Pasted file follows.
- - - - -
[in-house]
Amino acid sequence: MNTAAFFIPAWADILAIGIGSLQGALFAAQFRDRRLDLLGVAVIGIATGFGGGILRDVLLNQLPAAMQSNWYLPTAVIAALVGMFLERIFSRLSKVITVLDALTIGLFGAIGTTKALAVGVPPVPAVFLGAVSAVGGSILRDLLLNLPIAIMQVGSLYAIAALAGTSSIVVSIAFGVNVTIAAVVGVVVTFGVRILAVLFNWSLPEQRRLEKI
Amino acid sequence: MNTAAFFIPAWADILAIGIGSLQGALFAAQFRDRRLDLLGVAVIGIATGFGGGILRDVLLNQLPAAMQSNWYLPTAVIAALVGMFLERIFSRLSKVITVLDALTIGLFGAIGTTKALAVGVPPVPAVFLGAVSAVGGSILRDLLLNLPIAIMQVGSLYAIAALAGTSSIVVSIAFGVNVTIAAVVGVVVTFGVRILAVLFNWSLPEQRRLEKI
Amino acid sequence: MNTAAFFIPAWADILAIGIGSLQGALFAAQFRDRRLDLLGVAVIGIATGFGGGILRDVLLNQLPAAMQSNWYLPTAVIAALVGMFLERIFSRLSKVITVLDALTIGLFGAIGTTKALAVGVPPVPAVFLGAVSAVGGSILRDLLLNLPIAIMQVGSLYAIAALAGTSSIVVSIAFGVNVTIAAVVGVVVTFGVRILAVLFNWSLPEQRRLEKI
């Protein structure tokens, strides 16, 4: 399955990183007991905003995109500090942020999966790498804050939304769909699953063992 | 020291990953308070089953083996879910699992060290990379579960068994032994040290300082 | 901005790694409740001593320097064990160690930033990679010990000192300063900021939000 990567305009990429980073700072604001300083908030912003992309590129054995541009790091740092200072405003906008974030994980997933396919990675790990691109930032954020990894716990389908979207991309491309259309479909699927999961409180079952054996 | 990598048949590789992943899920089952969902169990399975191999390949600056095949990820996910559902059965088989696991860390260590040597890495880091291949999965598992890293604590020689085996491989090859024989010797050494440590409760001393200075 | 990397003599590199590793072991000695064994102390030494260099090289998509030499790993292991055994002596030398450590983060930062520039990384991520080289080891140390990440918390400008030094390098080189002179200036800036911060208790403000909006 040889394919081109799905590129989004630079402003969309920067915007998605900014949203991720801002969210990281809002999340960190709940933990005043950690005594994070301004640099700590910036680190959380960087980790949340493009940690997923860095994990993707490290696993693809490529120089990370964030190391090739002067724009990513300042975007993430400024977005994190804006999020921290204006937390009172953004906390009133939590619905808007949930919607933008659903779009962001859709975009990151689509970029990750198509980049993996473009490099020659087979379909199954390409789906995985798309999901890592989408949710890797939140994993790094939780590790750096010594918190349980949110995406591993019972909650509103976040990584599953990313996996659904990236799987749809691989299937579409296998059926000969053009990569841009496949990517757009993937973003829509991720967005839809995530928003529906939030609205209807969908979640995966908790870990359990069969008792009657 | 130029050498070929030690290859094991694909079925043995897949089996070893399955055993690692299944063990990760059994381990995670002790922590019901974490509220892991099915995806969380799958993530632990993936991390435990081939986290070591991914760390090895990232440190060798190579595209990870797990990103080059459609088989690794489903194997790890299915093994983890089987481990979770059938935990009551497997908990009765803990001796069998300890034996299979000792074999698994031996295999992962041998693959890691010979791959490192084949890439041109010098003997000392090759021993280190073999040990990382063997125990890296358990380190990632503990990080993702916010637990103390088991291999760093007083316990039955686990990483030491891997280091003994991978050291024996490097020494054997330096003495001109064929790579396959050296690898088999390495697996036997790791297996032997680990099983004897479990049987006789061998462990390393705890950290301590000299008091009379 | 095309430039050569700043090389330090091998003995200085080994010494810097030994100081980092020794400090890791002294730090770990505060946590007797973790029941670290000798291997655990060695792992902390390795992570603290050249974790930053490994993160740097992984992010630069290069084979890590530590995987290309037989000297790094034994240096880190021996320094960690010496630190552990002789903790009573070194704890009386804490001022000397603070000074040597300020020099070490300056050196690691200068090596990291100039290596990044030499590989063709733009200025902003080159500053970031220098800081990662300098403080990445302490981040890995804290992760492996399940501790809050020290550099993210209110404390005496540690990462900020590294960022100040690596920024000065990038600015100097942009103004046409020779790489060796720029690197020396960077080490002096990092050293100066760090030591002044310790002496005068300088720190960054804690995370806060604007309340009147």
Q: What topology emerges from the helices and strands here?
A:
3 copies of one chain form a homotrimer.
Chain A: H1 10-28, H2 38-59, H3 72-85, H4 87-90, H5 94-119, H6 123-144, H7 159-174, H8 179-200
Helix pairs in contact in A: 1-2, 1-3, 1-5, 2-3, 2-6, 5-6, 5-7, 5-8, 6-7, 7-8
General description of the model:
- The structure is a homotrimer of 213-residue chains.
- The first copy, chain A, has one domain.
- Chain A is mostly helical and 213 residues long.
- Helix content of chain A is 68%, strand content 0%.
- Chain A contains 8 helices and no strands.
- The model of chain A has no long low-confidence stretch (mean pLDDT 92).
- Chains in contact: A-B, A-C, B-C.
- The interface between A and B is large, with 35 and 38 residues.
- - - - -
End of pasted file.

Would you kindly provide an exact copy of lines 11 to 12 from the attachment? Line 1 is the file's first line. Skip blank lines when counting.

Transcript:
General description of the model:
- The structure is a homotrimer of 213-residue chains.